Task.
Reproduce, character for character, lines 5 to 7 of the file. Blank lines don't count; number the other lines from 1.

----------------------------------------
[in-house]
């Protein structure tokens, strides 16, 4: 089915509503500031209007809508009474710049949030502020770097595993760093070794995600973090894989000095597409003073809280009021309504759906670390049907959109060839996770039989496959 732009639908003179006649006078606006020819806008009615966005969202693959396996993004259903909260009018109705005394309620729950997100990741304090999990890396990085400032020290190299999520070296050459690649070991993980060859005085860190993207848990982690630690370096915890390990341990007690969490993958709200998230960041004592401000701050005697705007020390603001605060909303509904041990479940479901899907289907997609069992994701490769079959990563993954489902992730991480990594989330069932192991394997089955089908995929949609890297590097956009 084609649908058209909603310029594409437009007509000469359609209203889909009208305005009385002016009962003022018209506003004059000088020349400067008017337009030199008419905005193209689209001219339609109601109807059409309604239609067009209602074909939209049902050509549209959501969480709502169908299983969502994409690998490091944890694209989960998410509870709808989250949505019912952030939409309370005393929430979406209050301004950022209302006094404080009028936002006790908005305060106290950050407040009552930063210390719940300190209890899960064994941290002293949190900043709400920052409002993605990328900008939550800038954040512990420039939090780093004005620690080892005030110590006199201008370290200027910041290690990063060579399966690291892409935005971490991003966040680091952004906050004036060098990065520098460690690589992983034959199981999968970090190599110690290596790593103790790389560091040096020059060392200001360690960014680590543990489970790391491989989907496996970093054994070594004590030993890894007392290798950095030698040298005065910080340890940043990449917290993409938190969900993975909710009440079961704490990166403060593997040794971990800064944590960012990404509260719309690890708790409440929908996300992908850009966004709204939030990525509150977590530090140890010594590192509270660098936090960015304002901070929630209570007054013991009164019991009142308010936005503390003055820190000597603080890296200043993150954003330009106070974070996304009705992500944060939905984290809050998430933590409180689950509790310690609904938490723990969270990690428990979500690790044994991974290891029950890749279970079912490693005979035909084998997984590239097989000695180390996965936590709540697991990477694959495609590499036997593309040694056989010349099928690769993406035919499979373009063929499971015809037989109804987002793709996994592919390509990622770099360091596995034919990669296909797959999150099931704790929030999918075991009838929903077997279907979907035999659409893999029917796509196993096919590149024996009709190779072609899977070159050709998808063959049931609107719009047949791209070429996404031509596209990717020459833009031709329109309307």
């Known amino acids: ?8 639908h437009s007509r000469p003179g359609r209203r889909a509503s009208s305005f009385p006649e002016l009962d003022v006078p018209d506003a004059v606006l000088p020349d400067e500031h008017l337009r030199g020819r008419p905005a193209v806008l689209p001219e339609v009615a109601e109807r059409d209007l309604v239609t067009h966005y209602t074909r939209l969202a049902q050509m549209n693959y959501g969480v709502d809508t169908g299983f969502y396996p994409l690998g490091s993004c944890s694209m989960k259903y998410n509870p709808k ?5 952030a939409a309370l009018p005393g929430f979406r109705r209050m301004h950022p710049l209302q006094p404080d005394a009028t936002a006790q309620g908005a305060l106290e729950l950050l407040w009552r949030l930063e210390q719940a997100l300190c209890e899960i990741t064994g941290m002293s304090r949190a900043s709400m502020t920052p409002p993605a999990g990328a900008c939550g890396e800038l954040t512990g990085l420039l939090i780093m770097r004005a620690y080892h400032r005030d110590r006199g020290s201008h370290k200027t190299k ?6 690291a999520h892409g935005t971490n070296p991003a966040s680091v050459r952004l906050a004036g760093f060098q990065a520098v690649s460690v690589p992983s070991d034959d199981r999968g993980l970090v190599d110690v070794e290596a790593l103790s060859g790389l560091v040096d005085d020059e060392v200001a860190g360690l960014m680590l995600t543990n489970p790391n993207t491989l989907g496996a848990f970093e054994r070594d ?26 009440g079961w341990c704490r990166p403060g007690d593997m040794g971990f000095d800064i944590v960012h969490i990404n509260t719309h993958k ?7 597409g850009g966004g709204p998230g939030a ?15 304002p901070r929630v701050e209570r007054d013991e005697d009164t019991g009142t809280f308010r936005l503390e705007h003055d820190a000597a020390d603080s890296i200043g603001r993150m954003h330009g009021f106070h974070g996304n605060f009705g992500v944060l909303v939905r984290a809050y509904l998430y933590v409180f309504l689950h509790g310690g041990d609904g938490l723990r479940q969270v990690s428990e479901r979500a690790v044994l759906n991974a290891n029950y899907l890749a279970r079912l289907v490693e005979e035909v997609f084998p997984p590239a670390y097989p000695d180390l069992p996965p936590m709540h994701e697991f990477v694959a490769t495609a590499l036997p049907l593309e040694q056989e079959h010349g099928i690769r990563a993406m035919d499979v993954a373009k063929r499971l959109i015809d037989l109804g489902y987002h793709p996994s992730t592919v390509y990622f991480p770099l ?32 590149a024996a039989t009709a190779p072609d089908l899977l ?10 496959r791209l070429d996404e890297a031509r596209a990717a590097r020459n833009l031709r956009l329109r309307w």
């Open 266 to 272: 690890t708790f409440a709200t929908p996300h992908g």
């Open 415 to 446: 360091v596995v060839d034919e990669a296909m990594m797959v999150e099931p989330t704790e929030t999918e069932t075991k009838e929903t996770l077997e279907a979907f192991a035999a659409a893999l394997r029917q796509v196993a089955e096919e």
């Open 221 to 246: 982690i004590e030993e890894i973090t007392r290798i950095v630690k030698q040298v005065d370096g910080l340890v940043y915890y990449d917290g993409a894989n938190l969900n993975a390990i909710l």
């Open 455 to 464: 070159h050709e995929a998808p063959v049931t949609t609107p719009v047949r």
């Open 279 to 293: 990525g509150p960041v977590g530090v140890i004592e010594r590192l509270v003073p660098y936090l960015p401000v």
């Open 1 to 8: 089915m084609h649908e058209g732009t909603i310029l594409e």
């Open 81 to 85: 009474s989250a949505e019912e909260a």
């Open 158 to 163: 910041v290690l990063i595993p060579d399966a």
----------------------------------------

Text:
């Open 415 to 446: 360091v596995v060839d034919e990669a296909m990594m797959v999150e099931p989330t704790e929030t999918e069932t075991k009838e929903t996770l077997e279907a979907f192991a035999a659409a893999l394997r029917q796509v196993a089955e096919e």
């Open 221 to 246: 982690i004590e030993e890894i973090t007392r290798i950095v630690k030698q040298v005065d370096g910080l340890v940043y915890y990449d917290g993409a894989n938190l969900n993975a390990i909710l």
């Open 455 to 464: 070159h050709e995929a998808p063959v049931t949609t609107p719009v047949r």